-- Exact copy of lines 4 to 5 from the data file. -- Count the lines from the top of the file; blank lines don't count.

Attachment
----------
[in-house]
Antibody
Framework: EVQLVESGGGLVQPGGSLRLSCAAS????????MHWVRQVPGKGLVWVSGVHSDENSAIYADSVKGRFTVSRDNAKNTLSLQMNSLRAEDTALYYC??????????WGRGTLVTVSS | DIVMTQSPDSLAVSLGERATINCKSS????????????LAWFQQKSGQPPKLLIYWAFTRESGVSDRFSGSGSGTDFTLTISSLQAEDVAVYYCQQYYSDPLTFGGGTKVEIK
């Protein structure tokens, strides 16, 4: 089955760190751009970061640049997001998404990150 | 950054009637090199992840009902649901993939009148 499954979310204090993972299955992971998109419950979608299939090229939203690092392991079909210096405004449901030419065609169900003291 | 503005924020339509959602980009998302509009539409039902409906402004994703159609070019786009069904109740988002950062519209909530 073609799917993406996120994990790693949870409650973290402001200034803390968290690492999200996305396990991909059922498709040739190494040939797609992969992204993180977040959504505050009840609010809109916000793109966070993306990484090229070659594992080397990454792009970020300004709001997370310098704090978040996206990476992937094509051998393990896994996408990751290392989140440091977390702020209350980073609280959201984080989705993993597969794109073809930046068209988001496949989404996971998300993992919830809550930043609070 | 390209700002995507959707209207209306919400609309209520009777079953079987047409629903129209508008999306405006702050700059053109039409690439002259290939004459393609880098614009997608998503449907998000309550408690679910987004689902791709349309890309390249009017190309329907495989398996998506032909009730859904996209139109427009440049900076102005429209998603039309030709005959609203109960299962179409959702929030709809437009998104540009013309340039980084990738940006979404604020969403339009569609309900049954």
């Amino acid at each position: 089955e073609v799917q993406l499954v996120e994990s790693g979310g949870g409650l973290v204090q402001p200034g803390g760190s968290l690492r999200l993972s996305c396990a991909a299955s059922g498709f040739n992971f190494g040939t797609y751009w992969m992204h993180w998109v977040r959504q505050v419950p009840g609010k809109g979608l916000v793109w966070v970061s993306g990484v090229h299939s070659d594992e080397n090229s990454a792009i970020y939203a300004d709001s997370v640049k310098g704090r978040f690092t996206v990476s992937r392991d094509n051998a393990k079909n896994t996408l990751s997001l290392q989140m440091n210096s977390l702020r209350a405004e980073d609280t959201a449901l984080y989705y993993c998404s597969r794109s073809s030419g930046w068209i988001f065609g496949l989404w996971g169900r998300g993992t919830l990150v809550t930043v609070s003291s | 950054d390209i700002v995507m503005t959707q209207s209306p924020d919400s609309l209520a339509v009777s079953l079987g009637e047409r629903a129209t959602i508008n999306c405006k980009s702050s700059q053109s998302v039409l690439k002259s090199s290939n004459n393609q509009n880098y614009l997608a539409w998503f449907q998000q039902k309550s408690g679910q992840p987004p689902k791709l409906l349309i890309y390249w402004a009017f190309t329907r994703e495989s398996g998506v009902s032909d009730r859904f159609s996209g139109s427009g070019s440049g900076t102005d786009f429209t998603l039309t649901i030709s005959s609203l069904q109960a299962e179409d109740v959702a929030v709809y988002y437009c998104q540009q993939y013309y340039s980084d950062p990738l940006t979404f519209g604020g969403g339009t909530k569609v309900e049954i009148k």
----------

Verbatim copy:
């Protein structure tokens, strides 16, 4: 089955760190751009970061640049997001998404990150 | 950054009637090199992840009902649901993939009148 499954979310204090993972299955992971998109419950979608299939090229939203690092392991079909210096405004449901030419065609169900003291 | 503005924020339509959602980009998302509009539409039902409906402004994703159609070019786009069904109740988002950062519209909530 073609799917993406996120994990790693949870409650973290402001200034803390968290690492999200996305396990991909059922498709040739190494040939797609992969992204993180977040959504505050009840609010809109916000793109966070993306990484090229070659594992080397990454792009970020300004709001997370310098704090978040996206990476992937094509051998393990896994996408990751290392989140440091977390702020209350980073609280959201984080989705993993597969794109073809930046068209988001496949989404996971998300993992919830809550930043609070 | 390209700002995507959707209207209306919400609309209520009777079953079987047409629903129209508008999306405006702050700059053109039409690439002259290939004459393609880098614009997608998503449907998000309550408690679910987004689902791709349309890309390249009017190309329907495989398996998506032909009730859904996209139109427009440049900076102005429209998603039309030709005959609203109960299962179409959702929030709809437009998104540009013309340039980084990738940006979404604020969403339009569609309900049954």
């Amino acid at each position: 089955e073609v799917q993406l499954v996120e994990s790693g979310g949870g409650l973290v204090q402001p200034g803390g760190s968290l690492r999200l993972s996305c396990a991909a299955s059922g498709f040739n992971f190494g040939t797609y751009w992969m992204h993180w998109v977040r959504q505050v419950p009840g609010k809109g979608l916000v793109w966070v970061s993306g990484v090229h299939s070659d594992e080397n090229s990454a792009i970020y939203a300004d709001s997370v640049k310098g704090r978040f690092t996206v990476s992937r392991d094509n051998a393990k079909n896994t996408l990751s997001l290392q989140m440091n210096s977390l702020r209350a405004e980073d609280t959201a449901l984080y989705y993993c998404s597969r794109s073809s030419g930046w068209i988001f065609g496949l989404w996971g169900r998300g993992t919830l990150v809550t930043v609070s003291s | 950054d390209i700002v995507m503005t959707q209207s209306p924020d919400s609309l209520a339509v009777s079953l079987g009637e047409r629903a129209t959602i508008n999306c405006k980009s702050s700059q053109s998302v039409l690439k002259s090199s290939n004459n393609q509009n880098y614009l997608a539409w998503f449907q998000q039902k309550s408690g679910q992840p987004p689902k791709l409906l349309i890309y390249w402004a009017f190309t329907r994703e495989s398996g998506v009902s032909d009730r859904f159609s996209g139109s427009g070019s440049g900076t102005d786009f429209t998603l039309t649901i030709s005959s609203l069904q109960a299962e179409d109740v959702a929030v709809y988002y437009c998104q540009q993939y013309y340039s980084d950062p990738l940006t979404f519209g604020g969403g339009t909530k569609v309900e049954i009148k």